People v. Englebrecht, D033527.

CourtCalifornia Court of Appeals
Writing for the CourtBenke
Citation106 Cal.Rptr.2d 738,88 Cal.App.4th 1236
PartiesThe PEOPLE, Plaintiff and Respondent, v. David A. ENGLEBRECHT, Jr., Defendant and Appellant.
Docket NumberNo. D033527.,D033527.
Decision Date09 May 2001

ACLU Foundation of San Diego & Imperial Counties, Jordan C. Budd; Sullivan, Hill, Lewin, Rez & Engel and Candace M. Carroll, San Diego, for Defendant and Appellant.

Paul J. Pfingst, District Attorney, Susan K. Mazza and Terri A. Perez, Deputy District Attorneys, for Plaintiff and Respondent.


In this case the trial court enjoined 28 named members, including David A. Englebrecht, Jr., and all other members of the Posole street gang from engaging in various activities, e.g., possessing weapons, associating with other gang members, within a designated area of the City of Oceanside. Englebrecht appeals, arguing the trial court erred in denying him a trial by jury on the issue of his gang membership, in deciding the case on a preponderance of evidence rather than a clear and convincing standard of proof and in using an incorrect definition of active gang membership. In addition, he contends the injunction is more burdensome than necessary and that it infringes on his right of free association. Finally, he argues that particular provisions of the injunction are unconstitutional.1


In November 1997, the District Attorney of San Diego County sought a permanent injunction to abate a public nuisance. The complaint alleged that members of the Posole street gang were engaged in illegal, terrorizing and harassing behavior in a defined one-square mile "target area" in the "Eastside" section of the City of Oceanside.

After a bench trial the court found, based on a preponderance of the evidence standard of proof, that Posole was a criminal street gang that claimed the target area as its territory. The court found that within that area its members engaged in acts of violence, intimidation, destruction of property and public disruption and that these activities amounted to a public nuisance. The court found the target area sufficiently defined geographically and restricted to an area minimally necessary to protect the Eastside community. The court found a nexus between the gang members' described activities and the acts to be enjoined. The court also found that Englebrecht was an active member of the Posole gang.

Members of the Posole gang were enjoined from engaging in various stated criminal and crime-related activities in the target area. Specifically, provision "s" of the injunction enjoined gang members from "Using words, phrases, physical gestures, or symbols commonly known as hand signs which describe or refer to the gang known as Posole...." The provision specifically described those signs and gestures. Provision "t" enjoined the members from "Wearing clothing which bears the name or letters that spell out the name of the gang known as Posole or associated with the gang known as Posole, such as, but not limited to, any variations or combinations of: `Posole'; `Posoles'; `P'; `PT'; `M'; `Erne'; `Varrio Posole'; "Varrio Posole Locos'; `Varrio Posole Loco'; `Posole Town'; `VP'; `VPL'; `VPLS'; `13'; `20'; `13 20'; `16'; `16 20'; `22'; `22 16'; `22 16 12'; `22 16 12'; `22 16 12 19.'"2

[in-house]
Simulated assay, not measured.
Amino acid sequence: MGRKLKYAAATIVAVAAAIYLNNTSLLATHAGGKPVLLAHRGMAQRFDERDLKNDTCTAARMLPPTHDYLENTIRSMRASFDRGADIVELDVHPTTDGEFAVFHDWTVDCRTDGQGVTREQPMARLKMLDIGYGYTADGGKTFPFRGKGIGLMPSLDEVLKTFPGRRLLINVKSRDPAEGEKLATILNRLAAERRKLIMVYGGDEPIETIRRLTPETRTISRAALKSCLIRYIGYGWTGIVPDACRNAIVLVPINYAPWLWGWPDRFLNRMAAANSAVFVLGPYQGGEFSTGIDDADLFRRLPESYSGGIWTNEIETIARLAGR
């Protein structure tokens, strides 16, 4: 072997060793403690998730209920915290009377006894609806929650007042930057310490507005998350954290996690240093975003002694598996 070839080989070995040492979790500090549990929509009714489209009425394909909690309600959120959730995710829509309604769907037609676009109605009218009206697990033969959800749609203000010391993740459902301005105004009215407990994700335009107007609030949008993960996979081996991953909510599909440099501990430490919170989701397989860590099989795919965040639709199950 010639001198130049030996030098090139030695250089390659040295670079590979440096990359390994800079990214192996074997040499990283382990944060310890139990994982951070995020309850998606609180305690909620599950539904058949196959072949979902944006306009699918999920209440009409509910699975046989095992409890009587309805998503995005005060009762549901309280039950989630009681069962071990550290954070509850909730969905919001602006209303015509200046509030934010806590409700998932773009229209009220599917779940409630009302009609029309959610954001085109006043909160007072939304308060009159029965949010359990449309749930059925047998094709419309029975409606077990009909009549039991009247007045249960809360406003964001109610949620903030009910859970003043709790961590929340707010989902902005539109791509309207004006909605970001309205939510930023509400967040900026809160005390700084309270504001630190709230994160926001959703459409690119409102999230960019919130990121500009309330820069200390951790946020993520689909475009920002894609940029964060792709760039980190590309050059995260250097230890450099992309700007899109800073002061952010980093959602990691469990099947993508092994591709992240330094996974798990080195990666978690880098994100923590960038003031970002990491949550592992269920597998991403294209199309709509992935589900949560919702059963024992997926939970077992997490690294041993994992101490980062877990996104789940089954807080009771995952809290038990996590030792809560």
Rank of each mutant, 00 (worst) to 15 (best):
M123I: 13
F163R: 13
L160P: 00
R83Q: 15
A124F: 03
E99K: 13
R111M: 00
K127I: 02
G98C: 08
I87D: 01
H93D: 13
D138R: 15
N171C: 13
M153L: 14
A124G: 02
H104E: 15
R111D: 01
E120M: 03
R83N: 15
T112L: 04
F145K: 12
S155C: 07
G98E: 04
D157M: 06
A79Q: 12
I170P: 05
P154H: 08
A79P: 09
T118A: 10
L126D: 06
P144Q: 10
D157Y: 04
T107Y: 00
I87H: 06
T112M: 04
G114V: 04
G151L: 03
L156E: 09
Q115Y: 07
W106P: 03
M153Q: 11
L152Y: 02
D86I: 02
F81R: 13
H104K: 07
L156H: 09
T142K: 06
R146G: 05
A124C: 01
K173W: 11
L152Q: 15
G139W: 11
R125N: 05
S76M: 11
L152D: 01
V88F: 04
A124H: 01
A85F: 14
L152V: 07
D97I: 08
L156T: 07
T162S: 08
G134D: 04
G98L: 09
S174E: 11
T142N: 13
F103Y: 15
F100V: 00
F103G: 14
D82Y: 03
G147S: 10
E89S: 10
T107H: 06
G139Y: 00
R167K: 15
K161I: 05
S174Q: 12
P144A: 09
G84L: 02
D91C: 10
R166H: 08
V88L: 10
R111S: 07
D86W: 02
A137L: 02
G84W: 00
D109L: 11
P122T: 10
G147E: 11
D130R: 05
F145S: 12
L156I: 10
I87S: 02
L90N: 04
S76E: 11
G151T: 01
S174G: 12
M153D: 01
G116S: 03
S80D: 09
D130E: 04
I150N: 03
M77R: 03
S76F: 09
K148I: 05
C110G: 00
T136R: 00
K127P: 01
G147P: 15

A. Jury Trial

Englebrecht contends the trial court erred in denying his request for a jury trial on the issue of whether he was an active member of the Posole gang. He makes two arguments: first, he asserts that while the People sought an equitable remedy to which no right of jury trial applies, his defense of nonmembership in the Posole gang raised legal issues which should, under the California Constitution, have been decided by a jury; second, he argues that under the due process clauses of both the California and federal Constitutions he was entitled to a jury trial since the granting of the injunction involved a serious curtailment of liberty and imposed the stigma of being found a member of a criminal association.

1. California Constitutional Right to Trial by Jury

"In California, our Constitution [art. I, § 16 ] guarantees the right to a jury trial in actions at law, not those in equity. [Citations.] If the action deals with ordinary common law rights cognizable in courts of law, it is to that extent an action at law. [Citation.] To determine whether the action was one triable by a jury at common law, the court is not bound by the form of the action but rather by its nature, and a jury trial must be granted only "where the gist of the action is legal.' [Citation.] If the action is essentially one in equity and the relief sought depends upon the application of equitable doctrines, the parties are not entitled to a jury trial. Although the legal or equitable nature of a cause of action ordinarily is determined by the relief sought, the prayer for relief in a particular case is not conclusive—and the inclusion of a request for damages as one of a full range of possible remedies does not guarantee the right to a jury trial. [Citation.]" (American Motorists Ins. Co. v. Superior Court (1998) 68 Cal.App.4th 864, 871, 80 Cal.Rptr .2d 621.)